Want to make an educational video but don't quite know where to start?
This workshop introduces important concepts for how to get started with creating your own educational videos, as well as what key tips for actual filming. This includes:
- Clearly identifying goals for creating educational videos
- A checklist for recording your video (better to be over-prepared!)
- Next steps after filming, including editing, publishing, and accessibility
Why Create Educational Videos?
Educational videos can be created for a number of reasons, all of with the notion of fostering student engagement in the learning process. Compared to traditional lectures and learning content, educational videos provides students with flexibility in their learning, by offering another modality in which they can take in information (Brame, 2016). Educational videos also reduce the cognitive load on learners, involving their sensory memory, working memory, and long-term memory (Brame, 2016).
Additionally, studies have shown that video-based instruction is "more memorable for learners than traditional text-based instruction" (Choi & Johnson, 2010). So if you're seeking to truly engage your learners, then perhaps a video is a great option!
So now that you've seen some of the research behind the effectiveness of educational videos, consider how you'll plan for your educational video.
Planning for Your Video
All great educational videos begin with a clear plan and targeted goals for your audience. So some questions you may want to ask before creating your video could include:
- What is the educational goal?
- What is the purpose of this video?
- To convey a concept?
To share a perspective from an expert?
- To provide information on a topic?
- To convey a concept?
- Why is video the right medium to meet that goal?
- Perhaps consider other mediums as possible alternatives, such as podcasts, PowerPoints, PDFs, etc.
Selecting a Style
Educational videos can have multiple styles or formats. They can be:
What's important is to consider what will keep your viewers most engaged.
Creating a Storyboard
What is a Storyboard?
A storyboard is a representation of how your video will unfold in each shot. It could be a sketched drawing, images, or even just plain text--as long as you're able to establish the general flow of your video. See some samples of more visual storyboards below:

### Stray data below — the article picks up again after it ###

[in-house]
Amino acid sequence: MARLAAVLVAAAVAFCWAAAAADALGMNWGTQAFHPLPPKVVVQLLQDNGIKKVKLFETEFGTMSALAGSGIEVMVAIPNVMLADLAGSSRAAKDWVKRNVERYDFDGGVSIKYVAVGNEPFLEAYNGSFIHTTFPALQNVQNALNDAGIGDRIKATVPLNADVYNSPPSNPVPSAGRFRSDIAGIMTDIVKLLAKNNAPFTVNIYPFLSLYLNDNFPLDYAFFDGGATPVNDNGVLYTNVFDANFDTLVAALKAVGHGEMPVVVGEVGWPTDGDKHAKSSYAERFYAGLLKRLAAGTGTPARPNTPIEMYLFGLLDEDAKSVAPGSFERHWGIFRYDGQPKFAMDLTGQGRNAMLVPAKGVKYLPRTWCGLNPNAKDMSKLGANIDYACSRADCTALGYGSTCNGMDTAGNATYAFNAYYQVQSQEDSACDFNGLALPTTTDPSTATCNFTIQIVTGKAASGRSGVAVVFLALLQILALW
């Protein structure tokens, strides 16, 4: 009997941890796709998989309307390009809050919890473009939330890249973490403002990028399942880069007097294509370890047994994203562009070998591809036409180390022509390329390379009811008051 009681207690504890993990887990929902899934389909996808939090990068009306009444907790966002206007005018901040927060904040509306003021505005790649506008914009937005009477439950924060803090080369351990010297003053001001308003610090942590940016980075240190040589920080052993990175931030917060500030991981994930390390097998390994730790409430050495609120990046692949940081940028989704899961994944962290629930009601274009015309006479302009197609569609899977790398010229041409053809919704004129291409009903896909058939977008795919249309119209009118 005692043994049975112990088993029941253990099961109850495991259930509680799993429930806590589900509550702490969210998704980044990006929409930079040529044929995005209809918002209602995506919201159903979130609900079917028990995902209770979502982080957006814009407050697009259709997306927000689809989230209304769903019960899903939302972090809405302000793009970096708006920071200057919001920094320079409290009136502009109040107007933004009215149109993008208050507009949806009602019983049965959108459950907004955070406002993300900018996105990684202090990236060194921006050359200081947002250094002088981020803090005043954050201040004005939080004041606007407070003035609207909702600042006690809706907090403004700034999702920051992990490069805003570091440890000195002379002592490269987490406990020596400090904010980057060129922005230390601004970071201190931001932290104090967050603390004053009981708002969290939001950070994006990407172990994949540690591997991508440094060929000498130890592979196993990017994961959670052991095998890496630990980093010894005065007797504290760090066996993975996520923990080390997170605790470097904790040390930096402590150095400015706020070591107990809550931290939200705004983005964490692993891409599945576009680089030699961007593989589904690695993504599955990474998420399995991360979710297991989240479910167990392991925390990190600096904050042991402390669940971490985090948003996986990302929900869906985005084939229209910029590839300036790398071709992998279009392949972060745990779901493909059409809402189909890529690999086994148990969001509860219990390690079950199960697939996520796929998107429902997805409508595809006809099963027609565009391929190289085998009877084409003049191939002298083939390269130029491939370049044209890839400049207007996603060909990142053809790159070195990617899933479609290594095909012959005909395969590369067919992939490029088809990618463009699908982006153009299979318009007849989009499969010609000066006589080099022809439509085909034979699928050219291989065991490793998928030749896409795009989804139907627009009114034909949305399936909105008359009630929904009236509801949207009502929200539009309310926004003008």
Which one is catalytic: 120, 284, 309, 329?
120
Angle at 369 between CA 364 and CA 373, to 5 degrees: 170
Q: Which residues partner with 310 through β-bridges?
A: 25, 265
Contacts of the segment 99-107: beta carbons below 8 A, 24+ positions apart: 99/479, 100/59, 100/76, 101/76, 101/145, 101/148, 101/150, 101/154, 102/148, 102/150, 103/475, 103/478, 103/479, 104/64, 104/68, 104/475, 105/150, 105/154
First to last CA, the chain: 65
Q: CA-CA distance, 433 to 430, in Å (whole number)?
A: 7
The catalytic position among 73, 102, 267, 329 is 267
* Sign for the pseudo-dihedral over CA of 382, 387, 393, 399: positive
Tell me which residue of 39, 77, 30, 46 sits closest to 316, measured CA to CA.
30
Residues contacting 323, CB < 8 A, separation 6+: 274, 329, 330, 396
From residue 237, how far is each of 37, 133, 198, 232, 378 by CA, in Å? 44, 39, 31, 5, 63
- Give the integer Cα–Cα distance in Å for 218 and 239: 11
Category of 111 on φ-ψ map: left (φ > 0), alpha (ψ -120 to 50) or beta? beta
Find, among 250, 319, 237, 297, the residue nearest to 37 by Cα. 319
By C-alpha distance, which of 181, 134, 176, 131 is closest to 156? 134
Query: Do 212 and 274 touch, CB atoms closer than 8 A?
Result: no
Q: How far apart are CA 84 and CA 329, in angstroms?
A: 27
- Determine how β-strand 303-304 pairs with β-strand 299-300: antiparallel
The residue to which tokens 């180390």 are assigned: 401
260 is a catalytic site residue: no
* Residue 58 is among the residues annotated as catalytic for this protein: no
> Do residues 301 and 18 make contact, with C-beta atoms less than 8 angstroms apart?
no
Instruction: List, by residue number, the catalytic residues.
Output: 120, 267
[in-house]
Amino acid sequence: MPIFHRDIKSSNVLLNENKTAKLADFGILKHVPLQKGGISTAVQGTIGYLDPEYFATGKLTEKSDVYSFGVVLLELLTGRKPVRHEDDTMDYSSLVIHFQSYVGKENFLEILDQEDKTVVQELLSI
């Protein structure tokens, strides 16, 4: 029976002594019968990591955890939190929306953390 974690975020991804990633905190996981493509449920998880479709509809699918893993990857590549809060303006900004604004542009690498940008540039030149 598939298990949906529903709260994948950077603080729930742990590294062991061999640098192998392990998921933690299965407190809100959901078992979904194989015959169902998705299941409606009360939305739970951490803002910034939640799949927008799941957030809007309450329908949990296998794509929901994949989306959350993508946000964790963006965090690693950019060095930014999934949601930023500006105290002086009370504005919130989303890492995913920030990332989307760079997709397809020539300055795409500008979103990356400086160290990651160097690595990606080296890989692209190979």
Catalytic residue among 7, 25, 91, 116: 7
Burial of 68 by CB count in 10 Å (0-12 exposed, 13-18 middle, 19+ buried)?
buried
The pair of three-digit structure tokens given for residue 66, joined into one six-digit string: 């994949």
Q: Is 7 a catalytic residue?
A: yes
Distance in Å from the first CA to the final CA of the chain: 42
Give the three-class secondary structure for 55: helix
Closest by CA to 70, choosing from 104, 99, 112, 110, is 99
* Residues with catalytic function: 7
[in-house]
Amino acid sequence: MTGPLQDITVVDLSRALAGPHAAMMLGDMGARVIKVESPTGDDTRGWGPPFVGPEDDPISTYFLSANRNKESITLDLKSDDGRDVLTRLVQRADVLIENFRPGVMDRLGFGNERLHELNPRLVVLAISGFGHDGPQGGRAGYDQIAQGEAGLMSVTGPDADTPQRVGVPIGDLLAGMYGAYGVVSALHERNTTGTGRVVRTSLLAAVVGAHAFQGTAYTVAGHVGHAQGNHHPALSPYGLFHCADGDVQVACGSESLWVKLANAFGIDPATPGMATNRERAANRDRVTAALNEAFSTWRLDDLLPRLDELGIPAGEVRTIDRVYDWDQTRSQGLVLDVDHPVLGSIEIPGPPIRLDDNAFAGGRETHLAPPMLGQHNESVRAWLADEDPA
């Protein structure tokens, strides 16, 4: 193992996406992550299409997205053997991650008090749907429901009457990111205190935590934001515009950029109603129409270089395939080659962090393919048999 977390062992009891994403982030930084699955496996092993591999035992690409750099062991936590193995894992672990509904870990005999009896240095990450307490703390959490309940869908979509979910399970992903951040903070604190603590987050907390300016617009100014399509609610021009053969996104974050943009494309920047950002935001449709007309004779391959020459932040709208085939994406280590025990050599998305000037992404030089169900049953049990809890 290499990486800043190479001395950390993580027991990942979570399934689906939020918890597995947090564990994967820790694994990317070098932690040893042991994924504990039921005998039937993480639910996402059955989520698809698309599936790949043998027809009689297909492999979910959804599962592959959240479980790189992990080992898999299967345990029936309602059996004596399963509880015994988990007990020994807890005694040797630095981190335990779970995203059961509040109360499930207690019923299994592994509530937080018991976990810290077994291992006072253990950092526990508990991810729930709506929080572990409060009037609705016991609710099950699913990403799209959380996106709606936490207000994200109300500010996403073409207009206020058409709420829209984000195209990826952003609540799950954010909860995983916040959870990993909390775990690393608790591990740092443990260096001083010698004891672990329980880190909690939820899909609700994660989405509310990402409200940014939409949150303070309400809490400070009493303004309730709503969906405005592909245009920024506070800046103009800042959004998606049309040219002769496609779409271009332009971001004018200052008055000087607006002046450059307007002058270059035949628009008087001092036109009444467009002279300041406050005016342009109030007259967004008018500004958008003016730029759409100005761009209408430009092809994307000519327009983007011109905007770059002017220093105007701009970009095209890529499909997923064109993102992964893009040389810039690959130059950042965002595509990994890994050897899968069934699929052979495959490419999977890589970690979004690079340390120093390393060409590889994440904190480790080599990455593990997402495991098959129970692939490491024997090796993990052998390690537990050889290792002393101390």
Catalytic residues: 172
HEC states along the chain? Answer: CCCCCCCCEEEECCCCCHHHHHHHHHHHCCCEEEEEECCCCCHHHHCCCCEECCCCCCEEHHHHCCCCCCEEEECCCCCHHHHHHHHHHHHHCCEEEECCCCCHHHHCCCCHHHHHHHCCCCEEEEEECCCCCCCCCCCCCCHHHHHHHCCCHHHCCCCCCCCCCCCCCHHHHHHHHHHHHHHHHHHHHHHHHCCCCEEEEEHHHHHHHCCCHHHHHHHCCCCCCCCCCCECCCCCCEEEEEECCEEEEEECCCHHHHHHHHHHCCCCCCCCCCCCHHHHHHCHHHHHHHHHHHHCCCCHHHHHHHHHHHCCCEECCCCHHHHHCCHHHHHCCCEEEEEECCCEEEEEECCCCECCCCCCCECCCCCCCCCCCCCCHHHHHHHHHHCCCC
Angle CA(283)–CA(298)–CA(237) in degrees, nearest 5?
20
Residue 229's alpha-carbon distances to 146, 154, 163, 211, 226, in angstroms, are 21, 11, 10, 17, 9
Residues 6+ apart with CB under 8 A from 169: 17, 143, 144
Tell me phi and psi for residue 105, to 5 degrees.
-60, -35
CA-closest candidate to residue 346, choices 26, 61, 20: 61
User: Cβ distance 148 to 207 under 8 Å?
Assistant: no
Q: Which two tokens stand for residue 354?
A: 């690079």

Storyboards can be done in various formats such as pencil & paper, or maybe a slide deck with a collage of images--the choice is yours!
If you're unsure where to begin, take a look at our simple Storyboarding Template to get started.
Before you record:
- Remember to think about your recording location.
- Are you recording in a well-lit room?
- Is your recording space by a noisy or quiet area?
- Is the weather good?
- Check the storage space of your recording device.
- Be mindful of the length of the video you are creating
- We recommend keeping videos between 5-7 minutes in length
After You Record
Reviewing the video
After you've recorded, remember to review your video and ensure that you've met the educational goals planned for your video and the audio and visual quality of the video is clear.
Remember, your final video does not have to be verbatim to the storyboard--that's just a rough guide! And most importantly, it’s better to re-record than try to fix errors later in editing!
Uploading & Publishing Your Video
We recommend you upload your final video to NYU Stream. In NYU Stream, you can set permission for your viewers and create assessments around the content you have recorded, as well as order captions and transcripts in order to make content accessible. Remember, Digital Accessibility is an important policy at NYU, and allows all viewers of your video to feel included.
For more information on how you can use NYU Stream for assessments, check out our Fun with Assessments article.
- NYU Steinhardt Fun with Assessments
- List of Steinhardt Asynchronous Video Types
- NYU Stream
- Effective Educational Videos: Principles and Guidelines for Maximizing Student Learning from Video Content (Brame, 2016)
- What Is A Storyboard and Why Do You Need One?
- The Effect of Context-Based Video Instruction on Learning and Motivation in Online Courses (Choi & Johnson, 2010)
- Everyday Attention: Variation in Mind Wandering and Memory in a Lecture